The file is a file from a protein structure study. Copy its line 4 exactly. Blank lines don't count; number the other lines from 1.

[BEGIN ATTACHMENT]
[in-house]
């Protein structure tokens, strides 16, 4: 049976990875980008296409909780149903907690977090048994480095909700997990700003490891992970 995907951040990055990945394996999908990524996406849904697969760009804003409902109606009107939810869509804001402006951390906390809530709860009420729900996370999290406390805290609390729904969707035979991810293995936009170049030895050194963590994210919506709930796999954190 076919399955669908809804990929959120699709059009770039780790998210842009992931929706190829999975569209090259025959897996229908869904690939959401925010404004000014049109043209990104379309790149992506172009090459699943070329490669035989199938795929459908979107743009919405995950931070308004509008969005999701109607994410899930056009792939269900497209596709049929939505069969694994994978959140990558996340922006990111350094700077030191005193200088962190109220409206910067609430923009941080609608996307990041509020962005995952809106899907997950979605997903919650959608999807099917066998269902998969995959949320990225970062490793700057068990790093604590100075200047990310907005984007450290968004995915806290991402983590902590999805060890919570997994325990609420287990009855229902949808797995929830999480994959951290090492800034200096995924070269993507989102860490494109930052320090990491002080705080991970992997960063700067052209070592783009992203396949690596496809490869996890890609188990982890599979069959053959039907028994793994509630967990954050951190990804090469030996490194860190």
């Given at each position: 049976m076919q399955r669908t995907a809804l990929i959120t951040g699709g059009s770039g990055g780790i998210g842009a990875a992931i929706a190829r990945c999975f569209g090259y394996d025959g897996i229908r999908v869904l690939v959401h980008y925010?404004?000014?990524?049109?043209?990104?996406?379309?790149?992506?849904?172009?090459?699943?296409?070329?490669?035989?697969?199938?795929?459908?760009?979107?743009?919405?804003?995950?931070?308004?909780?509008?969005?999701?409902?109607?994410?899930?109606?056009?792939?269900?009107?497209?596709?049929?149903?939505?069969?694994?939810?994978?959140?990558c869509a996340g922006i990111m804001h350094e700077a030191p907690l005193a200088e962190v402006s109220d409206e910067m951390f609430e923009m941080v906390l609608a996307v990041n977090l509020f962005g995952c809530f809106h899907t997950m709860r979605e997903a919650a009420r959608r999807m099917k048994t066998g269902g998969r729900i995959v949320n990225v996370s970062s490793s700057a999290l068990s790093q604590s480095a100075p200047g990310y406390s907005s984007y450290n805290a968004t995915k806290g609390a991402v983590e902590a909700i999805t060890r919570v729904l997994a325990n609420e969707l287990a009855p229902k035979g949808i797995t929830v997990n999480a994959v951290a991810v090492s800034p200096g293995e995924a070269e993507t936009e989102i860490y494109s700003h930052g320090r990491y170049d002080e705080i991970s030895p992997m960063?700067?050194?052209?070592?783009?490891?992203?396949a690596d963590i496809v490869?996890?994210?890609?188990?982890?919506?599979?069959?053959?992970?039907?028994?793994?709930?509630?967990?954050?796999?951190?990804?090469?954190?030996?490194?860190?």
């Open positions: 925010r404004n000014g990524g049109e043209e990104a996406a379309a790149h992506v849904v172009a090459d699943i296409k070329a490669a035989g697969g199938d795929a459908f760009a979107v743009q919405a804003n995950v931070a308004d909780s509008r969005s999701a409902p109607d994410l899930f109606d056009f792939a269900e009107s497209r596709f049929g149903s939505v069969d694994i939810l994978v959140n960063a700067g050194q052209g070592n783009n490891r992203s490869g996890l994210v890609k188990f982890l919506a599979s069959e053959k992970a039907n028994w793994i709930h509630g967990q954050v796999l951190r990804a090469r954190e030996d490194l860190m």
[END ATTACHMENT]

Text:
């Open positions: 925010r404004n000014g990524g049109e043209e990104a996406a379309a790149h992506v849904v172009a090459d699943i296409k070329a490669a035989g697969g199938d795929a459908f760009a979107v743009q919405a804003n995950v931070a308004d909780s509008r969005s999701a409902p109607d994410l899930f109606d056009f792939a269900e009107s497209r596709f049929g149903s939505v069969d694994i939810l994978v959140n960063a700067g050194q052209g070592n783009n490891r992203s490869g996890l994210v890609k188990f982890l919506a599979s069959e053959k992970a039907n028994w793994i709930h509630g967990q954050v796999l951190r990804a090469r954190e030996d490194l860190m």